Puppet Show

Living The Puppet Show: What Mask do you Wear Everyday?

Cue carnival music.

The Puppet Show

First off, this isn’t an original idea. Throughout history, cultures have used masks to represent themselves. They have taken archetypes of cultural roles, carved masks out of wood, and pretended to be someone or something else. In the States, we do it on stage and for holidays like Halloween. In psychology, this has been coined by Winnicott as the False Self. The false self is a representation of ourselves that we present to the world, in an effort to protect our authentic self that we fear will not be accepted by others.

Julie started thinking about the false self early in her psychological training and how it played out in her own life. It’s common among perfectionists (Julie is a recovering perfectionist, who still falls off the wagon now and again) to have a false self that they portray to others. The unfortunate cliche of the cheerleader who kills herself is a tasteless but real example. Friends and family say how she was a model student and “such a happy person” but inside she suffered with a darkness that didn’t become apparent until she showed it to us through death. Tragic. We don’t live in a world that’s very tolerant of dysfunction and the deeper authenticity of our dark side. Take examples like superstars who are trashed in the tabloids as “train wrecks,” “drug addicts” and “out of control.” They may have been beloved cupcake stars of Disney films and are now disdained and insulted when they cannot live up to our ideals of model behavior. We’re so intolerant. In our intolerance most of us learn: run, hide, only show your false self. This is when we jump onto the stage for The Puppet Show (as the carnival music still plays).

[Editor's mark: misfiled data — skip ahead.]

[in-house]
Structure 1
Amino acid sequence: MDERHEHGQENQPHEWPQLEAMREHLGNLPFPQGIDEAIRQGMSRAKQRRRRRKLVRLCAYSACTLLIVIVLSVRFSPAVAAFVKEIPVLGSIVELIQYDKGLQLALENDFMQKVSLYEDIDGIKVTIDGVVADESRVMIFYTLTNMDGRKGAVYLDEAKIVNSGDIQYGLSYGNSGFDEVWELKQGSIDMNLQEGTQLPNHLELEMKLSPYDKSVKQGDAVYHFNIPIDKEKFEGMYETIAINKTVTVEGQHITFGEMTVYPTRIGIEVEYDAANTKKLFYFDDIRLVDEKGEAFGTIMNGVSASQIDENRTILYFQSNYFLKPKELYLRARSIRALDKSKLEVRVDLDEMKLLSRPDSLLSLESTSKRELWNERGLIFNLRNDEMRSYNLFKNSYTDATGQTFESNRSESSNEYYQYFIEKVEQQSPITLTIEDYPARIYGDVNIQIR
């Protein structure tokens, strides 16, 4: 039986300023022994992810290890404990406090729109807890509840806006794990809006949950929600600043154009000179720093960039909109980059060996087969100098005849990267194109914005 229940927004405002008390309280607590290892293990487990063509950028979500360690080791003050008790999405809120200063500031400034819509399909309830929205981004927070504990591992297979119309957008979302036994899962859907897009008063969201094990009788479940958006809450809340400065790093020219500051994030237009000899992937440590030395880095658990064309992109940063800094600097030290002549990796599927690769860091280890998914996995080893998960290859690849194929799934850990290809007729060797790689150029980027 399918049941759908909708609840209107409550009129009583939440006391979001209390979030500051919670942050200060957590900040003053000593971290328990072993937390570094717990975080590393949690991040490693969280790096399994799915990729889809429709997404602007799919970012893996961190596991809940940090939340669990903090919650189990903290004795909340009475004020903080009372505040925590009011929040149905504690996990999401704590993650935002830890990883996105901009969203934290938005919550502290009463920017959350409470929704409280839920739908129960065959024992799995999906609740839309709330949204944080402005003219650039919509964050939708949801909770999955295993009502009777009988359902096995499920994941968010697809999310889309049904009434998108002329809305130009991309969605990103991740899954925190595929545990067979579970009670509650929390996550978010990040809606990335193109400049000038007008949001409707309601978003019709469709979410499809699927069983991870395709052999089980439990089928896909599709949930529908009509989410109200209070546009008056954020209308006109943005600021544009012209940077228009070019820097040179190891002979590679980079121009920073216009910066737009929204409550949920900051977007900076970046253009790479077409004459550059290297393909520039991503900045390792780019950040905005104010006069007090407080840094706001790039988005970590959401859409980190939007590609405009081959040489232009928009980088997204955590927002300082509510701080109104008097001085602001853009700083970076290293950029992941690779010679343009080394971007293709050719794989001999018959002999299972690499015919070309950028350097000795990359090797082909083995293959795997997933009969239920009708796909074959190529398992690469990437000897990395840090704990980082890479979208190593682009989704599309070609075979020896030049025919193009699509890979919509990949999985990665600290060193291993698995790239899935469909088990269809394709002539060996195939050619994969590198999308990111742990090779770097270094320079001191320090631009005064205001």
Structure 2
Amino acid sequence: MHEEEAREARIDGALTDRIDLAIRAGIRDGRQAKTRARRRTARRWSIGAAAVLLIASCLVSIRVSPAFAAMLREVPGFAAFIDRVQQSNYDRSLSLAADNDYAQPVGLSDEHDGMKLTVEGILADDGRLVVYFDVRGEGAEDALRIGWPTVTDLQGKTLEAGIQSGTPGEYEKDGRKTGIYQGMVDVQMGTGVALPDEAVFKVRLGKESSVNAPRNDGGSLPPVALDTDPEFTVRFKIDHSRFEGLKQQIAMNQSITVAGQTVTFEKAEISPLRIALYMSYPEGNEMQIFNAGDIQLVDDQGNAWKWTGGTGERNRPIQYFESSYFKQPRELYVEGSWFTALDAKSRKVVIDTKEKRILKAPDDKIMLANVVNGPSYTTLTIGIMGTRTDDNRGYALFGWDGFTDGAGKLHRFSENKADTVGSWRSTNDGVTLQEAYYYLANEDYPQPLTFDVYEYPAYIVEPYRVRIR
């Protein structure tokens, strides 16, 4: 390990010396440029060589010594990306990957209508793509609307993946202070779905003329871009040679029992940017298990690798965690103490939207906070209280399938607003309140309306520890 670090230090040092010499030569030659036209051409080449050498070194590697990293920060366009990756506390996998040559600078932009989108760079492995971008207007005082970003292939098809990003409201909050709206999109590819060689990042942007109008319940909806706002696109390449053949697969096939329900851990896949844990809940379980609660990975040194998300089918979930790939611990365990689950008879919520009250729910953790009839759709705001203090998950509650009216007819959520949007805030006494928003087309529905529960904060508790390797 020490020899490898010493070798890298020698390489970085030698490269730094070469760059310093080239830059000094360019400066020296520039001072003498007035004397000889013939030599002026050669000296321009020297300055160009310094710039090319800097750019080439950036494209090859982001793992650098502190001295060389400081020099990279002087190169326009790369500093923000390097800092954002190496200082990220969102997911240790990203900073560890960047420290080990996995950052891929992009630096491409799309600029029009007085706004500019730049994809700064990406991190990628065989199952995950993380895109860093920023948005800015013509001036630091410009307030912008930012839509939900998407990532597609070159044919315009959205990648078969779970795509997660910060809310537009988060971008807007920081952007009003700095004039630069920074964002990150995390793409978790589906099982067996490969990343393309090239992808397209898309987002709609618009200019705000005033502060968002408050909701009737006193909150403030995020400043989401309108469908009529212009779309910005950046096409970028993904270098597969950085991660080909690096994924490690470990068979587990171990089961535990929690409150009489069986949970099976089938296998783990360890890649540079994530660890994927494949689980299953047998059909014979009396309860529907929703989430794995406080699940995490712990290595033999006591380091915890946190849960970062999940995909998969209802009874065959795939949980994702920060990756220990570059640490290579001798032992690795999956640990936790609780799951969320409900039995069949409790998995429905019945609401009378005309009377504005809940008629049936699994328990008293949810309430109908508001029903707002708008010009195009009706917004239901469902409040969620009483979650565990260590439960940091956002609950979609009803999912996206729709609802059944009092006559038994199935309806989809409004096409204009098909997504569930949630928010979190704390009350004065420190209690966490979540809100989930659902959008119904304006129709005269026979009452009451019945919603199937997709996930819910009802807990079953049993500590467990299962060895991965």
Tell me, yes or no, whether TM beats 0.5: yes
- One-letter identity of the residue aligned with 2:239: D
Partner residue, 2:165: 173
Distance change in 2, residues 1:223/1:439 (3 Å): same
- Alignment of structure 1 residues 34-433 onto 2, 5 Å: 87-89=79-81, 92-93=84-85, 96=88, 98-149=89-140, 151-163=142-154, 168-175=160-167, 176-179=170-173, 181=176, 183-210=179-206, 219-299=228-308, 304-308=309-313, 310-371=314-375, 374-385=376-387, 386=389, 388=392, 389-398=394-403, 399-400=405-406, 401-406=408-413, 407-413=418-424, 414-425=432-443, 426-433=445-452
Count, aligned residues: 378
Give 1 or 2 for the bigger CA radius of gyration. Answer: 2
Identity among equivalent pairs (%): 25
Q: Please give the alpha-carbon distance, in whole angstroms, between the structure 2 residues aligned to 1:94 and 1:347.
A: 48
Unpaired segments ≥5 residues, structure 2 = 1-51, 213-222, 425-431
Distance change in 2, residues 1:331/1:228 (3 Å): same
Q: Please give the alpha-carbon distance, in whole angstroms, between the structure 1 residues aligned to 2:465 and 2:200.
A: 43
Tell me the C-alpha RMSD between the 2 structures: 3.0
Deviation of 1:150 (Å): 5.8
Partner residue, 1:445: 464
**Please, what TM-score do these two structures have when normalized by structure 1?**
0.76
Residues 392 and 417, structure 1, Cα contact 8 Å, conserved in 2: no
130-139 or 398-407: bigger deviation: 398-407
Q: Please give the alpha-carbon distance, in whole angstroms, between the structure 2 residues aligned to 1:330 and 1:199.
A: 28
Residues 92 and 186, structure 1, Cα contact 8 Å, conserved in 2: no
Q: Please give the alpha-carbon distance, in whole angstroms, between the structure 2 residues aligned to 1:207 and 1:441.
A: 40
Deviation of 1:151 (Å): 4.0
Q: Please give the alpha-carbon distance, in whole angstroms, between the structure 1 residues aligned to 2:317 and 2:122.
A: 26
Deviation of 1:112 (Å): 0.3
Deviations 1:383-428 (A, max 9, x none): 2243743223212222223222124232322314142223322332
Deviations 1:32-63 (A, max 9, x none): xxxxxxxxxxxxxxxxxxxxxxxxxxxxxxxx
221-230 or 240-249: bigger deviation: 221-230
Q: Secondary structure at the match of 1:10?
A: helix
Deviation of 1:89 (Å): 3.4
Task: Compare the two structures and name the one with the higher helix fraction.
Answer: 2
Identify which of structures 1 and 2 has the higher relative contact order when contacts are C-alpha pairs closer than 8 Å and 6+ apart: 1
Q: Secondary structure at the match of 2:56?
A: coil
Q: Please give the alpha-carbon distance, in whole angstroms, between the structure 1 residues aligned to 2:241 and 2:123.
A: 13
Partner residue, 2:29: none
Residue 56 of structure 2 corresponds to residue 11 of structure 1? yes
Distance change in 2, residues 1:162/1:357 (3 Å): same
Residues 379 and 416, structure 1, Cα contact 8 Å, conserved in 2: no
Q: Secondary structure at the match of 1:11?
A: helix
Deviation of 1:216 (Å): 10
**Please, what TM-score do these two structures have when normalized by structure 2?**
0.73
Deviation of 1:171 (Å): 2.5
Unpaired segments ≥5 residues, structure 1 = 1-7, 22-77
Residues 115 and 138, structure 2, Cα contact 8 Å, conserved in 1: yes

Julie started labeling it The Puppet Show for her own life. She became acutely aware of the times she was being inauthentic and only presenting a false self in the world. To catch herself she’d say: How am I in the puppet show? How am I not myself? The puppet show can present all sorts of problems. They’re usually relational problems (as most problems are) and you become a puppet with another person. When you show your false self, you are both the puppet and the puppeteer.

How to Tell if You’re on Stage for The Puppet Show

Are speaking with a distance in your voice, or speaking in your upper register?
Are you pretending to be what another person wants you to be?
Are you lying about yourself?
Are you hiding something about who you are?
Are you lacking any interest in relating to someone, but relating to them anyway?
Are you irritated that the other person doesn’t know who you truly are?
Are you angry that the person cannot just read your mind to know what you want?

If you answered Yes to any of these questions, it may have been a Puppet Show moment. Most of us don’t live in the Puppet Show all the time, and if we do, we are in a lot of pain and we know it. It’s not uncommon for example, for people struggling with issues around their homosexuality to be feeling shame or fear of cultural stigma. Again, our world can be quite intolerant, so this struggle is only natural. The coming out process becomes a challenge of the true self versus the puppet show… will the person share their newfound identity, or will they remain in hiding to avoid the possible backlash?